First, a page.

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Turkey publishes the Regulation on the Provision of Distance Health Services and the Regulation on the Cascading of Health Service Providers

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The Ministry of Health (“Ministry“) has recently published the Regulation on the Provision of Distance Health Services and the Regulation on the Cascading of Health Service Providers.

Please click on the relevant link below for our specific notes regarding the recent developments:

What does the Regulation on the Provision of Distance Health Services bring?
What Does the Regulation on the Cascading of Health Service Providers Introduce?

What does the Regulation on the Provision of Distance Health Services bring?

New Development

The Regulation on the Provision of Distance Health Services entered into force after being published in the Official Gazette on 10 February 2022. The Regulation on the Provision of Distance Health Services sets forth the procedures and principles regarding the provision of remote health services regardless of location as well as the supervision of health facilities. The regulation is available here (in Turkish).

What’s New?

The main regulations within the scope of the Regulation on the Provision of Distance Health Services are as follows:

  • Health facilities that wish to provide distance health services must obtain a distance health service activity permit from the Ministry. Healthcare facilities cannot provide remote healthcare services in a field where they are not authorized or that are not regulated under the regulation. Authorized healthcare facilities can provide distance health services via the distance health information system created or registered by the Ministry.
  • Services such as examination, medical observation, counseling, control of diagnosed diseases, psychosocial support services, medical procedures to protect the health of individuals against an endemic disease or during epidemics, e-prescription and e-report issuance can be provided remotely, to the extent that distance service provision is suitable. Additionally, certain interventional or surgical operation services may be provided remotely, provided that the permission of the Ministry is obtained and to the extent that the technological conditions are suitable.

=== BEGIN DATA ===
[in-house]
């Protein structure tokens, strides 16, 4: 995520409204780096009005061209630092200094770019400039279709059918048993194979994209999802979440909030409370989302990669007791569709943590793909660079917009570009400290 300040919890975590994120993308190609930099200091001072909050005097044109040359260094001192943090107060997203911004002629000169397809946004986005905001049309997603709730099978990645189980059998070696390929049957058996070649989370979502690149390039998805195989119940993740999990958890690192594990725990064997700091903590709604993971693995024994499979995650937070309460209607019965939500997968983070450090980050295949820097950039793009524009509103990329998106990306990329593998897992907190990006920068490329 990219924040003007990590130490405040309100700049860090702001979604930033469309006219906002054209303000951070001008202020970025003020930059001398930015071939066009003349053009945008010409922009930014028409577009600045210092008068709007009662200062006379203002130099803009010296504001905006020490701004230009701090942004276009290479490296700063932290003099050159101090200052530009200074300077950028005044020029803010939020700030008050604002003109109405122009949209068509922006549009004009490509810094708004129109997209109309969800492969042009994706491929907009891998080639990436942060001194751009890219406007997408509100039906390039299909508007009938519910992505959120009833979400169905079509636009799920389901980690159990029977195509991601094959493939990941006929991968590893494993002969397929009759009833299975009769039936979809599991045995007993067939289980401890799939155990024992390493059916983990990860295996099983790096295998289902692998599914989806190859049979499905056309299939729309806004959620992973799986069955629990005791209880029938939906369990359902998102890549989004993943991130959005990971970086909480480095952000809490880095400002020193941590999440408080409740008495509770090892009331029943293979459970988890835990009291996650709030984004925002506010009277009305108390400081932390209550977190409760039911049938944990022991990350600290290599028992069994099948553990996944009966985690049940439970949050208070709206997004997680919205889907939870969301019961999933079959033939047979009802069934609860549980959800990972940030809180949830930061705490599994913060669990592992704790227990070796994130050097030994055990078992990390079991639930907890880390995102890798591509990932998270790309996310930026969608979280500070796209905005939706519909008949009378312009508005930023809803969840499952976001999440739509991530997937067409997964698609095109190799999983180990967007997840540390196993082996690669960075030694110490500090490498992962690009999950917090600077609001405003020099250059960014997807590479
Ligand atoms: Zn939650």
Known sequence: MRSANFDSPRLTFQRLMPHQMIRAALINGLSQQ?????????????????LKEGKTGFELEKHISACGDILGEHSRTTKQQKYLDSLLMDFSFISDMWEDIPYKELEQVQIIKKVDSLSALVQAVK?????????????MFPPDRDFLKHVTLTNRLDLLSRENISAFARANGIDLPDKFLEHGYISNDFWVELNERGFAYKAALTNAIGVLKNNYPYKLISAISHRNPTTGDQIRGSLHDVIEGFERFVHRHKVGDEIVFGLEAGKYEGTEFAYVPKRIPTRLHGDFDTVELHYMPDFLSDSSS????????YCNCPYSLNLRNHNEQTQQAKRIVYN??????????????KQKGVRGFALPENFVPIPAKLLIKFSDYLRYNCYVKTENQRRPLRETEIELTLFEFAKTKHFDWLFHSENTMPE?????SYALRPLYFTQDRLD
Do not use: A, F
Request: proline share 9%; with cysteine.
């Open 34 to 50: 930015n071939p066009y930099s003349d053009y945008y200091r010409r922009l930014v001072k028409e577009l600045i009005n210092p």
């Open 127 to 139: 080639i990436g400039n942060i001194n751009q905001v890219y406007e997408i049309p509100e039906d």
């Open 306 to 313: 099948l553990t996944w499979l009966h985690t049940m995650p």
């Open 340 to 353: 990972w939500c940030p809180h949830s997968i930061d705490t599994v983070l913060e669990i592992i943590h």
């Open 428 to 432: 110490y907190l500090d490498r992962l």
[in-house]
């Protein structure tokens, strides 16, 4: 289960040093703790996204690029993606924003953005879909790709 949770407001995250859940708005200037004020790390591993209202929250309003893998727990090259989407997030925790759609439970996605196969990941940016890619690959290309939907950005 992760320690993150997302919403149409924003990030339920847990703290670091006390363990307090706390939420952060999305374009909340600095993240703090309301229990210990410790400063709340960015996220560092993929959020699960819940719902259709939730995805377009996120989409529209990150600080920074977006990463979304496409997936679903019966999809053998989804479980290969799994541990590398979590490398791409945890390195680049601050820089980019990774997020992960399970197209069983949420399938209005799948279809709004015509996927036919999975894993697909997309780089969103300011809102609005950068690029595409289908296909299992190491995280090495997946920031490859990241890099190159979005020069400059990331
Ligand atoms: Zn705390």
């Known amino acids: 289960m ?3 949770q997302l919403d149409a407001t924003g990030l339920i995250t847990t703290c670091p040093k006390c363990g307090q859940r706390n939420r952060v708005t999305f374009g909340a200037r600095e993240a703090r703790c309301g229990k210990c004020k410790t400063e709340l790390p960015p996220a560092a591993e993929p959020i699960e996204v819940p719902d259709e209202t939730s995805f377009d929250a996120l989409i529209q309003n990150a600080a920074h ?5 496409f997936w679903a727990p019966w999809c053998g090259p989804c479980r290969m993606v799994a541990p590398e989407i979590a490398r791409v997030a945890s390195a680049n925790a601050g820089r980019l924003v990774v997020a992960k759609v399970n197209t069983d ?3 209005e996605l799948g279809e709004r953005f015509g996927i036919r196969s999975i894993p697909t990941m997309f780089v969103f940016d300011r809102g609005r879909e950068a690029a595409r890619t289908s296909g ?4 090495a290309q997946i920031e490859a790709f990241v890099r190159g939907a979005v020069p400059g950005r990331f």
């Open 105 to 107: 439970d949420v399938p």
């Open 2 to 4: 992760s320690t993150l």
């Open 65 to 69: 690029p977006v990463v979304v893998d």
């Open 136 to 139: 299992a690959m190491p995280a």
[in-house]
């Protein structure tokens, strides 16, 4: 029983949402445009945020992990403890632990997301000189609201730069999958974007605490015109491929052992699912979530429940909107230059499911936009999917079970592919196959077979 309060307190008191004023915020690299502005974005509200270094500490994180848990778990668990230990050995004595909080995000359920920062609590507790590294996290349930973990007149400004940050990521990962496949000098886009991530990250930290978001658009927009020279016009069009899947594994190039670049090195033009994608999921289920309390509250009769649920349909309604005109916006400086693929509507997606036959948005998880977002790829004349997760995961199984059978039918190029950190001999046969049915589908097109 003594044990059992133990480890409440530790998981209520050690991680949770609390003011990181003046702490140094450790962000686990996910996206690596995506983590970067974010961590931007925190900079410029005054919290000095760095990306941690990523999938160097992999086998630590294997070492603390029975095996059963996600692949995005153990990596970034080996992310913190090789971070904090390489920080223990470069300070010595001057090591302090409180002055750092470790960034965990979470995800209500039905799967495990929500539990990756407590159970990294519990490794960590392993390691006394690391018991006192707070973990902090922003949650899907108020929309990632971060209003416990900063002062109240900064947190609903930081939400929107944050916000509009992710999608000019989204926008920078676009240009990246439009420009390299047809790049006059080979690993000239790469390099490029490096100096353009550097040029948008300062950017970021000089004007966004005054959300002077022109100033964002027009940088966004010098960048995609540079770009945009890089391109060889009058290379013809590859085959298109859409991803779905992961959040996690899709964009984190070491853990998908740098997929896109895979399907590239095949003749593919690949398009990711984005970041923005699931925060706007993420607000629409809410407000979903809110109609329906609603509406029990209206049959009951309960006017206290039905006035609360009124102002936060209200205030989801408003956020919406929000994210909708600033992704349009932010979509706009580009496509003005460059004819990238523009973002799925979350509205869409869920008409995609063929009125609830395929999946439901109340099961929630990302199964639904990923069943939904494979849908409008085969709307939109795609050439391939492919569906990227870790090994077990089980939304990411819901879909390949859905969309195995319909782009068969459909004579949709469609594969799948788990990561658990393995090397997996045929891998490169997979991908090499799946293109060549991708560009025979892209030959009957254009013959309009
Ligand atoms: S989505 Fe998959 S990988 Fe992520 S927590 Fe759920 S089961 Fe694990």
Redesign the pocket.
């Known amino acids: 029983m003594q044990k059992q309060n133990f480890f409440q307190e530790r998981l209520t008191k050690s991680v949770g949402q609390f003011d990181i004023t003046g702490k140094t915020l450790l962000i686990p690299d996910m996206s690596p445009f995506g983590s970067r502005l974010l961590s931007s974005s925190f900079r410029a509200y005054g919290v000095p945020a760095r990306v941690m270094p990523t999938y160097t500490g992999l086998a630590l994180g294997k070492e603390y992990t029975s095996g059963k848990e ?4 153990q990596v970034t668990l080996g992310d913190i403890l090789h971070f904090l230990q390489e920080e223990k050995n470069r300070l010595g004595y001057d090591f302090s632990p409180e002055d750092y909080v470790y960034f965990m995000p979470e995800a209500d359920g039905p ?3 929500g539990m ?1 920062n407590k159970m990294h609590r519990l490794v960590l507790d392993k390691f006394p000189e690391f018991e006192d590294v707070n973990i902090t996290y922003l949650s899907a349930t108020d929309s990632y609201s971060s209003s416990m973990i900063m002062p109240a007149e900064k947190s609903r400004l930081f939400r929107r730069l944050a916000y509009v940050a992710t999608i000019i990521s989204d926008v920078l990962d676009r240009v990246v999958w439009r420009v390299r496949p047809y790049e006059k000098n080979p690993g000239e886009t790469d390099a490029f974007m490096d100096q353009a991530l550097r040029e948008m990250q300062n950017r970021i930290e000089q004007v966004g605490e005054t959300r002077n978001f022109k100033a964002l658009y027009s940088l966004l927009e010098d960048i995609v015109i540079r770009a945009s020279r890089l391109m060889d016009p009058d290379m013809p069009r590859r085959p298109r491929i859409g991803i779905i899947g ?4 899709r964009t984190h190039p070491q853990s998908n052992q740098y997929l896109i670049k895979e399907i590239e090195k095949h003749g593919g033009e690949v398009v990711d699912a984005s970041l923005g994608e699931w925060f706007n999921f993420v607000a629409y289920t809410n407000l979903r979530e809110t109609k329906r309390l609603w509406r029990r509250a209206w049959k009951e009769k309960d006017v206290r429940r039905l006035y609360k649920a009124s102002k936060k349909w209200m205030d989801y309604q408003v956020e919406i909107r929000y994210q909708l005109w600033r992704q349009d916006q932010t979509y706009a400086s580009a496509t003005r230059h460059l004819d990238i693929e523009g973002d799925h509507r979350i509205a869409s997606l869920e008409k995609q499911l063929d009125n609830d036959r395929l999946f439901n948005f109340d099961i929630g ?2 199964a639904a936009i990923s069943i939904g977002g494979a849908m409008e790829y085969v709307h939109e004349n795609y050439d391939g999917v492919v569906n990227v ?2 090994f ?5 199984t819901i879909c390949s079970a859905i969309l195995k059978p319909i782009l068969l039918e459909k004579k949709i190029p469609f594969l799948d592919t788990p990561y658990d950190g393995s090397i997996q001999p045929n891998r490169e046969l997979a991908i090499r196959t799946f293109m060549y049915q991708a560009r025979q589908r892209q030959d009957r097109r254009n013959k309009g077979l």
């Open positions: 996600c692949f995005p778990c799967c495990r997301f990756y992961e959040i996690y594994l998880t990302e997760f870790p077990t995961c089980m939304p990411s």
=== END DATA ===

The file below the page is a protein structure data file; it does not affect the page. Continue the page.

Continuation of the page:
• Prior to the provision of the distance healthcare service, the patient should be informed about the service and that their personal data with information such as the identity and expertise of the healthcare professional, the fact that the distance healthcare service cannot be the equivalent of a face-to-face healthcare service and personal data of the patient can be stored in accordance with the relevant laws.
  • The healthcare facility and healthcare professional are responsible for protecting the privacy and personal data of the patient during the provision of distance healthcare services. In this context, an image or sound can only be recorded with the explicit consent of the parties. Such records can be stored for a maximum of 12 months.
  • Healthcare facilities whose health services violate the regulation can be subject to various sanctions such as a warning, an instruction to remedy the violation in a given period, the termination of the service and the withdrawal of the authorization certificate.

What Does the Regulation on the Cascading of Health Service Providers Introduce?

New Development

On 10 February 2022, the Ministry published the Regulation on the Cascading of Health Service Providers. The Regulation on the Cascading of Health Service Providers sets forth regulations regarding the categorization of health service providers established by public institutions and organizations, legal entities and real persons. The regulation is available here (in Turkish).

What’s new?

As per the Regulation on the Cascading of Health Service Providers, health service providers are categorized as follows:

  • Healthcare institutions such as family health and community health centers, workplace health units, clinics and private oral and dental health centers, where outpatient or inpatient diagnosis and treatment are performed, are first-grade health service providers.
  • Healthcare institutions such as private hospitals, oral and dental health hospitals, public hospitals and medical centers where outpatient or inpatient diagnosis, treatment and rehabilitation services are provided are second-grade health service providers.
  • Third-grade health service providers are high-tech hospitals, such as university hospitals, where education and research services can be provided for diseases that require advanced examination and special treatment. An application along with an application file should be submitted to the Ministry for hospitals to be third grade. Hospitals that meet the conditions such as area, bed capacity, minimum number of physicians and sub-branches of specialization can be categorized as third grade by the Ministry.

As per the Regulation on the Cascading of Health Service Providers, the units to be determined according to the category of the health service provider can be added as a subordinate unit to the operating permit of the relevant health service provider.

Conclusion

The Ministry continues to introduce regulations for companies working in the healthcare industry. Companies should carefully review the relevant laws and take the necessary actions to ensure compliance.